30/03/2012: Made another hot end today. And It was as successful as the first. I think I can say that if you make a hot end this way it will not leak or the ptfe will not come off. (on a printer like mine)  And all you need is a brass rod, some 10mm PTFE and some copper pipe. For heating I use (as you can see on my photos), an aluminium block.

Resistors for heating. 2 x 6.8ohm resistors in parallell gives me 3.4ohm and it heats to 230degrees in approx 3min. I will post exact part numbers etc, later.

My MK-II sketch

30mm long brass rod.

25mm long PTFE 10mm dia.

6 x 20mm long copper pipe 1/2 inch thick (type A, 1.07mm walls and inside dia approx 10.1-10.2)

25mm  30mm copper pipe for middle section. Se photo and you see how it goes together.

Copper pipes are held in place by a wire while being soldered.

I use a small $12 blow torch, purchased from hardware store, for soldering. You can also use a large soldering iron. I use standard solder. It works fine.

Here are some photos of the process making the second one. Please note that I don’t show the heater block in these photos. It is just a alu block with a tapped hole to go onto the nozzle. You also need to drill some holes and make up a way of attaching it to your extruder. (For more details on how I make the parts see this page.)

Cut 30mm brass rod

Start by cutting a piece of 30mm long brass rod.

File and shape to specifications, drill holes.

File and drill brass to shape. One end must be 1mm larger then the hole it is going into. I make it 7mm and the hole in the PTFE I make 6mm for a nice tight fit. (HowToDetails)

3 grooves and rounded end to make easier to press into 6mm hole

Grooves made and rounded end for easy insertion into 6mm hole.

6 x 20mm pipes and 25mm pipe in centre. All half inch water pipe. Hold together with wire when soldering.

Heatsink is made up of small pieces of water pipe. Simple and easy to make.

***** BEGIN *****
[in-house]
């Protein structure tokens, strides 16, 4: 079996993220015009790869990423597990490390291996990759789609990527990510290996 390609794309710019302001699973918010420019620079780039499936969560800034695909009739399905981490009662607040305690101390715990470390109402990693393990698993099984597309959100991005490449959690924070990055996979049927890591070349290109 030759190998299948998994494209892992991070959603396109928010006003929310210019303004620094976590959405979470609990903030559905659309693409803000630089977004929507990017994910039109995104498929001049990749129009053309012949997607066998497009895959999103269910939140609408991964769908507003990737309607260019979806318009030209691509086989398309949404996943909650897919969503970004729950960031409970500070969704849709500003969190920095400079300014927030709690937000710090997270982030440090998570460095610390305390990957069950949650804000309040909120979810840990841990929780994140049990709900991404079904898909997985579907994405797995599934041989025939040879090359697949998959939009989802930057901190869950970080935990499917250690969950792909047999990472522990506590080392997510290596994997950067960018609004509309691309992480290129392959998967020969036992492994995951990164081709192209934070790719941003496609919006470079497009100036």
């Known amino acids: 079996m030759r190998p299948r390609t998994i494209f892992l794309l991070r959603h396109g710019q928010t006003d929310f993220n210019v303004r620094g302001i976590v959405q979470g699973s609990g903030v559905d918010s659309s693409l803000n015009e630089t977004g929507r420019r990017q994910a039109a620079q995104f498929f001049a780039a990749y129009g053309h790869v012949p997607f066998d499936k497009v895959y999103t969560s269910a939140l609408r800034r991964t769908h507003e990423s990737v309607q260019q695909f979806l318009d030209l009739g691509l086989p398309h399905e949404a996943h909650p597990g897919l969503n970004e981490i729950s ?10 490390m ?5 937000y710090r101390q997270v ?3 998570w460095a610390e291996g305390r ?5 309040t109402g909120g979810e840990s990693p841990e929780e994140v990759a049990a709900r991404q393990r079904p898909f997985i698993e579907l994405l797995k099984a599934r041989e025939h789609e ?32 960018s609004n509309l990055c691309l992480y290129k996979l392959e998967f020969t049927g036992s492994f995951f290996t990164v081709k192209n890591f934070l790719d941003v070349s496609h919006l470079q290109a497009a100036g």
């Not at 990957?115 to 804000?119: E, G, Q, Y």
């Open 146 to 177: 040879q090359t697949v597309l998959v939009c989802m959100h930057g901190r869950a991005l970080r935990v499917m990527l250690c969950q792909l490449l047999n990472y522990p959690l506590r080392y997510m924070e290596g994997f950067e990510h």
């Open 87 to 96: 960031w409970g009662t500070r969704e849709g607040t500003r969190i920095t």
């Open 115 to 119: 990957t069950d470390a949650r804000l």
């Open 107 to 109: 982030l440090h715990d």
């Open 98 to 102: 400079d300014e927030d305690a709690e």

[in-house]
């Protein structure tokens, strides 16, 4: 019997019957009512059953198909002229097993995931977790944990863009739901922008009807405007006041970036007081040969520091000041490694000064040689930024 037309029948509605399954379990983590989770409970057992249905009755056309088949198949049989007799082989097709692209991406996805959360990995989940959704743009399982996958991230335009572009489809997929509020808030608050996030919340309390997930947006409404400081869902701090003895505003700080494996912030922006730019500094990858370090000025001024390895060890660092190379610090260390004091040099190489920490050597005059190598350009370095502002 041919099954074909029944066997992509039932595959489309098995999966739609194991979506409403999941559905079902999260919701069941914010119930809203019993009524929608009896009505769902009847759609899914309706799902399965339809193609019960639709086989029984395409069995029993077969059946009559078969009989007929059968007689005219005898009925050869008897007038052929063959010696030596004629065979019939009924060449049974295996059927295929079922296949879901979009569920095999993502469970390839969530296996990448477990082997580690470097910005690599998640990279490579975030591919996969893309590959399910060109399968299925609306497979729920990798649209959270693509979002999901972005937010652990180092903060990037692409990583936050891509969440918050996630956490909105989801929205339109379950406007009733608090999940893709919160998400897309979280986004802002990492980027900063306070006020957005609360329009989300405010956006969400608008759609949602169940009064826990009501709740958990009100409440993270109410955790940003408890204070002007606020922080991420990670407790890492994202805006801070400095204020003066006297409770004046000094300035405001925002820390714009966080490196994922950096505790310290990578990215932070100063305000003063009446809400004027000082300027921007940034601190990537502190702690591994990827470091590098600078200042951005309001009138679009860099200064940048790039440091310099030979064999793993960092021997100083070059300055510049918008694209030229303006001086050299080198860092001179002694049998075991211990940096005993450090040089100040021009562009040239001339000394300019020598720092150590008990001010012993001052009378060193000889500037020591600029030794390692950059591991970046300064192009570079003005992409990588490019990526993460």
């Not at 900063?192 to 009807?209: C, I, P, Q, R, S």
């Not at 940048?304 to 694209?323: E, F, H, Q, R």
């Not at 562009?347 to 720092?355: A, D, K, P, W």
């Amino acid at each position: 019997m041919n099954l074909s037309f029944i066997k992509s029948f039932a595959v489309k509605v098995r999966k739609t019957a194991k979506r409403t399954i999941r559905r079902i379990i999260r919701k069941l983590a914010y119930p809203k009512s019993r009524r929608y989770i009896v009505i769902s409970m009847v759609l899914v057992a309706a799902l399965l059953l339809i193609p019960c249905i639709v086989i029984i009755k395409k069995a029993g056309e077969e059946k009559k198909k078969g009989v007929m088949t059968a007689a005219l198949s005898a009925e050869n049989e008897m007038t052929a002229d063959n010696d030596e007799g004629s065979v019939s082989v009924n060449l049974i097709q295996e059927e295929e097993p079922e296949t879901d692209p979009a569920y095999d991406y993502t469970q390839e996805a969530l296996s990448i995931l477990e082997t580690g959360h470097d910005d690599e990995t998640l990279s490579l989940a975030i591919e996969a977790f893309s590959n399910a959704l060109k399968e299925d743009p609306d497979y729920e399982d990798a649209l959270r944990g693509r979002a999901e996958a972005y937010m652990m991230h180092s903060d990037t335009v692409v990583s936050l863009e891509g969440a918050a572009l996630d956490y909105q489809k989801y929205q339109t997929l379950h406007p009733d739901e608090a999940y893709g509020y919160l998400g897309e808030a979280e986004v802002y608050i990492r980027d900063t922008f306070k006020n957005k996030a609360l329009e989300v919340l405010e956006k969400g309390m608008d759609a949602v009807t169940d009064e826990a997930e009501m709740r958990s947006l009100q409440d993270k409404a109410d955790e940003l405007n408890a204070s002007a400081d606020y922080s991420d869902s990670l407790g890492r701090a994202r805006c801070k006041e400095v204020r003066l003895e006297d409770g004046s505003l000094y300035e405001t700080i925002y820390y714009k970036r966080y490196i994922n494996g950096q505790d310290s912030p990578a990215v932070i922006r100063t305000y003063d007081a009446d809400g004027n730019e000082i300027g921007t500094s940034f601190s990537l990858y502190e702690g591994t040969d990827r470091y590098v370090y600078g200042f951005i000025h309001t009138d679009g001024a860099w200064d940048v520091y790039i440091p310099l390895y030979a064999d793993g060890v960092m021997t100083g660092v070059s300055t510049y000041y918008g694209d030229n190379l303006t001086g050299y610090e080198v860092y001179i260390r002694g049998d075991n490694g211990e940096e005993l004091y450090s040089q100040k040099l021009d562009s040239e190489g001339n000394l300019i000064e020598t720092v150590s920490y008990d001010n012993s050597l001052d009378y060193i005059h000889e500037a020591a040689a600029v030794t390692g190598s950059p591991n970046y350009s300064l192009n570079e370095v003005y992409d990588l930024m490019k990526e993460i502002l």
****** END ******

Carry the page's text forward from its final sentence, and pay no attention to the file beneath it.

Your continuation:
Nice! Hold together using a wire while soldering.

Heatsink is very easy to make. But you do need a small blowtorch or large soldering iron to solder them together.

Total size under 50mm.

Nice and compact. I will also drill vent holes in the pipe (see photos of the one attached to my printer and in use), to increase airflow. This may not be needed. May test that next time. But the holes are easy to drill.

Finished soldering and pressed onto PTFE. Just need some mounting brackets to suit extruder.

That’s it!

For more details on the process I use to make these parts go to this page: Hot-End with Nozzle . You will there see my first good hot-end. The process I use to make parts is the same.

If any one ends up making this (Jan’s Hotend MK-II), please let me know how it performs. On my printer it works fantastic. What makes it even more exciting right now is that I got some samples from Lybina to try out. Yellow and purple ABS. Just Printed a little easter bunny in yellow, purple is printing as I write. Love it. The colour is nice, quality of the ABS is the best, what can I say, Christmas is already here…(for me).

31/03/2012: Just completed a 5hrs print job. Still no sign of any problems.